Distance: 57.6 miles
Blaze: White Dot
Access: There are several access points to the Mountains-to-Sea Trail on the Pisgah District. The most used are the Art Loeb Trailhead, Black Mountain Trail, Shut-in Trail, or from NC Highway 215.
Attractions and Considerations: The Mountains-to-Sea Trail will eventually extend from one of the highest points in the North Carolina mountains, Clingman's Dome, to the lowest elevations on the Outer Banks at Nag's Head. It will cover almost 700 miles when it is completed. Plans call for completion by the year 2020. This will be a travelway with various sections open to hiking, mountain biking, horseback riding, and canoeing. The trail is completed through the Pisgah District and covers 57.6 miles. This is a strenuous trail, and after all of the ups and downs you will have climbed over 20,000 feet in elevation! The trail enters the Pisgah District at Haywood Gap on the Blue Ridge Parkway and leaves at the French Broad River. You will pass through just about every ecosystem found in the southern Appalachian Mountains from high-elevation grass balds to cove hardwoods forests, and from mountain ridges to thickets of rhododendron. Though mainly a foot trail, some sections are open to mountain bikes. The Mountains-to-Sea Trail overlaps other district trails, listed below. It is identified by three-inch, white painted dots, with the exception of the Middle Prong Wilderness where routed wooden signs point the way. When overlapping other trails, you will also see the rectangular paint blaze used to identify them.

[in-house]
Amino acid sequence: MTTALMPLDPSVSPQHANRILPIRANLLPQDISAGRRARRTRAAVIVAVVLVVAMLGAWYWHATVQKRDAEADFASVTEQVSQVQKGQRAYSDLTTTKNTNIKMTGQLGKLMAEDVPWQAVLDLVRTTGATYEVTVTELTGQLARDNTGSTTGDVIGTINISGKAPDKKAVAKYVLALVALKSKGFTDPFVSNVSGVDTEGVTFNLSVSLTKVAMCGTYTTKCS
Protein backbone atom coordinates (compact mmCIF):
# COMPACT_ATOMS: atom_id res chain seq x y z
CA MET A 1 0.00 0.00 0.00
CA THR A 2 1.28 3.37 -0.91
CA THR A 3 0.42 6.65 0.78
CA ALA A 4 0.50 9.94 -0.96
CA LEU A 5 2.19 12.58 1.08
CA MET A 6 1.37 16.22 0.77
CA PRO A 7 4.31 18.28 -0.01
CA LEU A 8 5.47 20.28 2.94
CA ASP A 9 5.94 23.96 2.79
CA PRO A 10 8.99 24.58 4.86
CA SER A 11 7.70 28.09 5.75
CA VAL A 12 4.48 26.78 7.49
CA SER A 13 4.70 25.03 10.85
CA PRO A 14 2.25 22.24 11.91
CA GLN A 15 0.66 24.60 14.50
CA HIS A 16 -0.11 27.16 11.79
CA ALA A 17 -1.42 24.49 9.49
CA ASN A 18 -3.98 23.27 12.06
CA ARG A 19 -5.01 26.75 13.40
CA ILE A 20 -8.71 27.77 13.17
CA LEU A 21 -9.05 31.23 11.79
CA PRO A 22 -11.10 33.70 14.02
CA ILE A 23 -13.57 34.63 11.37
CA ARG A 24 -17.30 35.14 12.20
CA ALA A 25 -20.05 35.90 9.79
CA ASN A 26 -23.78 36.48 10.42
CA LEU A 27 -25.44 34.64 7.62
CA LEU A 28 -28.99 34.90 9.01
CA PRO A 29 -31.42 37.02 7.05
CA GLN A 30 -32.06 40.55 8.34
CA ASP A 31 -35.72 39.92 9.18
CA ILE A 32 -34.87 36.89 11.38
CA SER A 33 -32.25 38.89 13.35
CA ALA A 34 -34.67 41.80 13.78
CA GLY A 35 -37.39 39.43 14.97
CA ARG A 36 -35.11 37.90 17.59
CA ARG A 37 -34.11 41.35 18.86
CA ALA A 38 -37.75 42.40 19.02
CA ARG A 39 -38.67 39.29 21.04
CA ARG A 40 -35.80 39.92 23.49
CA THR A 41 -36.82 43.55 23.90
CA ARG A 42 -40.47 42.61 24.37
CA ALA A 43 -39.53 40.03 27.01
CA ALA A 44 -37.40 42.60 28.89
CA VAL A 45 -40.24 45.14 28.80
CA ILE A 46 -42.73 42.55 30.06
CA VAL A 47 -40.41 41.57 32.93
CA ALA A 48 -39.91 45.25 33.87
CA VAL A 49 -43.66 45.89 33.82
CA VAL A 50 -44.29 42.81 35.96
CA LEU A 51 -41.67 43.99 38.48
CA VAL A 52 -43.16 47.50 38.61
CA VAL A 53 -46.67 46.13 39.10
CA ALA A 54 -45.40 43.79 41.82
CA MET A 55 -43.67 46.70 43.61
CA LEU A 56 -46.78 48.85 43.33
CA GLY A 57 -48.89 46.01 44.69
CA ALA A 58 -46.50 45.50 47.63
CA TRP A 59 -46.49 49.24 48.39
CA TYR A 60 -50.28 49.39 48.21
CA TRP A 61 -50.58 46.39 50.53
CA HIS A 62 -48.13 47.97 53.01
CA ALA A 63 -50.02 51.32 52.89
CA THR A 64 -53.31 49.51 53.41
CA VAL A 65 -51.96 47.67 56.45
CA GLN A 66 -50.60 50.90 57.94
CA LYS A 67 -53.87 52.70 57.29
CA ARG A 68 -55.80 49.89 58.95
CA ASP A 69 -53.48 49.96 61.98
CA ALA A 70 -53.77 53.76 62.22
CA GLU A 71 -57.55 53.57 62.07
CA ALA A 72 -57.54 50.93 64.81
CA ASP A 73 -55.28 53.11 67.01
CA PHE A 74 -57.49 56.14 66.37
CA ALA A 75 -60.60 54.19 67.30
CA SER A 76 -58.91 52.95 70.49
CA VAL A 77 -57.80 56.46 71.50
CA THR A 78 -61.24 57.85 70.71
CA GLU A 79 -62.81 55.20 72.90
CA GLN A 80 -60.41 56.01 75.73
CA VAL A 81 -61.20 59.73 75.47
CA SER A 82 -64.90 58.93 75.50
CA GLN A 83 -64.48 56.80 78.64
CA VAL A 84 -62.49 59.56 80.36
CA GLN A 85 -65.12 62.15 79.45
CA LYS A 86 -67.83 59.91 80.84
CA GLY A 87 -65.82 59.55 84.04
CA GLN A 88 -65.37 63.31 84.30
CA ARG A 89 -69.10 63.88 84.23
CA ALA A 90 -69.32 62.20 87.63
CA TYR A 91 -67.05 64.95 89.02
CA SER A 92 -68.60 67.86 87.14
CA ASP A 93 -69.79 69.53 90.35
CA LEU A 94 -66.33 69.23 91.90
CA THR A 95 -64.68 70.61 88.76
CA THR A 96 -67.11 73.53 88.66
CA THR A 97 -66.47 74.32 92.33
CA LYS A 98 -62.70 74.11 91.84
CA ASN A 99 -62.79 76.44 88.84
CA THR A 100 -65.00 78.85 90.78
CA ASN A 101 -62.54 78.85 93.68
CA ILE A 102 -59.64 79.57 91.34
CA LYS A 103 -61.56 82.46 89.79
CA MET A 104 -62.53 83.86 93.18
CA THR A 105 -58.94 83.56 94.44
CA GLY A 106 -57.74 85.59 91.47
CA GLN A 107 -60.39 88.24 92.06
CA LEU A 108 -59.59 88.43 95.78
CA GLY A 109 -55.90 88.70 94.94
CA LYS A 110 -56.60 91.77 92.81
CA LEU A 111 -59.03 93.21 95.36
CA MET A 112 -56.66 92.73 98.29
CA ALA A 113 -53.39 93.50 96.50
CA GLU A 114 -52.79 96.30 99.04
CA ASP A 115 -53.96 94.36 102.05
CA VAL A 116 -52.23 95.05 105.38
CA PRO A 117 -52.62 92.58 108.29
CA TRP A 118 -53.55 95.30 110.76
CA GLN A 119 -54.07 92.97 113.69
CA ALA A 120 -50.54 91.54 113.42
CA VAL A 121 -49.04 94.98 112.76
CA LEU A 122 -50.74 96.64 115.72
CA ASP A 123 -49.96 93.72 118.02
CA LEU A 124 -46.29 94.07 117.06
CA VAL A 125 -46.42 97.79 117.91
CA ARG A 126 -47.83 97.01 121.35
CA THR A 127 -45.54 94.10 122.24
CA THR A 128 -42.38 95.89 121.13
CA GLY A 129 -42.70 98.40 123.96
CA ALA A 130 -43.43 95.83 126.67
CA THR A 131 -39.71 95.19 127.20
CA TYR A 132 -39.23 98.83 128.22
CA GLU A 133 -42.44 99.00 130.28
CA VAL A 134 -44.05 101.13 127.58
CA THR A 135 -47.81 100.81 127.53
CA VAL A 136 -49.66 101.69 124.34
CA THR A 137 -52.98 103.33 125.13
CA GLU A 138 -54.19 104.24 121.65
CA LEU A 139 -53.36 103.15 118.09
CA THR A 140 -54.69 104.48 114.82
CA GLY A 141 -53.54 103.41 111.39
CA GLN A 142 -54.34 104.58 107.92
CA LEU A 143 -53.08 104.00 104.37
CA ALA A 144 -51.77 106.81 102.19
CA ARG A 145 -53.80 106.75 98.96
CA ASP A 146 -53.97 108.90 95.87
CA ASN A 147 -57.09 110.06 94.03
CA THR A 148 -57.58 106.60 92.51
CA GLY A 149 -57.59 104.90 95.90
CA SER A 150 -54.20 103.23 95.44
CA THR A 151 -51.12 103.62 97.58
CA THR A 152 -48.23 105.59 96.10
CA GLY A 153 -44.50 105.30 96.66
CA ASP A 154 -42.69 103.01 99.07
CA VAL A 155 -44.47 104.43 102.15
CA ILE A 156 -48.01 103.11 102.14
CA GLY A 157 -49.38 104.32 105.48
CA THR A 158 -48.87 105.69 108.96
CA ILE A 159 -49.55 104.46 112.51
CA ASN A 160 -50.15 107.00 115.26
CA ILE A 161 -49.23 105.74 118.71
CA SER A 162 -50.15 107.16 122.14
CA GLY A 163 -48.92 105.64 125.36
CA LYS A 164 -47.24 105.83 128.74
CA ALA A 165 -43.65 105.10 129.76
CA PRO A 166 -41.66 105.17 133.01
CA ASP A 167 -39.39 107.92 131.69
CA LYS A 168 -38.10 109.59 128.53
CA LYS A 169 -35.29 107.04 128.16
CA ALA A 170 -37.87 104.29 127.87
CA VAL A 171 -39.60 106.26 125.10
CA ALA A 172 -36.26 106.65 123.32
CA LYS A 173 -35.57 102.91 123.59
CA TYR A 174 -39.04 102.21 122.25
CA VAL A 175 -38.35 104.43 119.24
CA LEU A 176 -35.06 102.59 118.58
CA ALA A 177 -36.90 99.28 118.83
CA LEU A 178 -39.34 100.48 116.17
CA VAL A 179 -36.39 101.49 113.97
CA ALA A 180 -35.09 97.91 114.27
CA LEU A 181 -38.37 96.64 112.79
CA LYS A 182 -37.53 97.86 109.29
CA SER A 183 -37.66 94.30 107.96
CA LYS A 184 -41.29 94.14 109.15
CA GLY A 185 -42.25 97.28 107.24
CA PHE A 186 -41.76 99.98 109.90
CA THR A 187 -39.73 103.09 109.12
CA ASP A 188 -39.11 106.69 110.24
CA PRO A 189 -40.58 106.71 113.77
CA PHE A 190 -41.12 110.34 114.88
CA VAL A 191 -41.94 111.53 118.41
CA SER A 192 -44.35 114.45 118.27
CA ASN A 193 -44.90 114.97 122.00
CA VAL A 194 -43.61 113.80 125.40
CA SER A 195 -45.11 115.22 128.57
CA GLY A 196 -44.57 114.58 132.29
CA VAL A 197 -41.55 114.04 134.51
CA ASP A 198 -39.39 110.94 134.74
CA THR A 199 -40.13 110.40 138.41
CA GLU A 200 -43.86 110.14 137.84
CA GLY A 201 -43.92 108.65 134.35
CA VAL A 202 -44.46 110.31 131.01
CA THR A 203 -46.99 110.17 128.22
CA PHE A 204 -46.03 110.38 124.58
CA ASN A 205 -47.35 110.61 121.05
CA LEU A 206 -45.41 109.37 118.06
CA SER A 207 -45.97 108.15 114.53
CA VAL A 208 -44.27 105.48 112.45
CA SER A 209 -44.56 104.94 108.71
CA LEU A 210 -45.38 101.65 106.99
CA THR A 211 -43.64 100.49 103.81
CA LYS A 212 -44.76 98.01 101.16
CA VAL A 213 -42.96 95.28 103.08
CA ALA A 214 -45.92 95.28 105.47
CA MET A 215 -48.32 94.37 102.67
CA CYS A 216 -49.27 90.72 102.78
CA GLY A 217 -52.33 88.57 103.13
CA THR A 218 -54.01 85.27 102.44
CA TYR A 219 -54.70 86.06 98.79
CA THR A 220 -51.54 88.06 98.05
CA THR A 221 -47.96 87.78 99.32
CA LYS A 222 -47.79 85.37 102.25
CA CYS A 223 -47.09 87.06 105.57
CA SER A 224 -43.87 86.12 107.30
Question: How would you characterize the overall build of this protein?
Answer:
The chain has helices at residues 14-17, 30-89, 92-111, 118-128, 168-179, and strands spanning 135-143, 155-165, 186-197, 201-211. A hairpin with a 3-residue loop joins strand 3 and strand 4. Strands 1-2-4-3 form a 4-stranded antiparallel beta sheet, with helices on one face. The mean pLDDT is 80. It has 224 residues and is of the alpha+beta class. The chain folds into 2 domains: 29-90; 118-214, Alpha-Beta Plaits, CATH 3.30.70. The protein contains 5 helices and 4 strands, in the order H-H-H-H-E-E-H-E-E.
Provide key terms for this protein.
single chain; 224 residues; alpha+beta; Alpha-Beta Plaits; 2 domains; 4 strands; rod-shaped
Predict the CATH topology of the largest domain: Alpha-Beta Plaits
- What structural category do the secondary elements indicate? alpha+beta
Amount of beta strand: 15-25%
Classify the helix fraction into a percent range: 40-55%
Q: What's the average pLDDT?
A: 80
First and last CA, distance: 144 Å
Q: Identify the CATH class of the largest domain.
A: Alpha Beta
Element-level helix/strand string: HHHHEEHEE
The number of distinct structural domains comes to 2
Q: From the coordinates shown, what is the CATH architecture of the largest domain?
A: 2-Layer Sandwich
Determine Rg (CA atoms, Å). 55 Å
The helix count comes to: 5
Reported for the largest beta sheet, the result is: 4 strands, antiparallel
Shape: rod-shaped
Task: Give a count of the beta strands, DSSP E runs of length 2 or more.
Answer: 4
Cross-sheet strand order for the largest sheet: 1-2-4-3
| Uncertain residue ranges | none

Trail Section Distances:
Middle Prong - 4.5 miles
Silvermine Bald - 2.0 miles
Art Loeb - 18.5 miles
Sycamore Cove - 1.0 mile
Black Mountain - 7.1 miles
Pink Beds - 3.1 miles
Buck Springs - 5.1 miles
Shut-in - 16.3 mile
Distance: 16.3 miles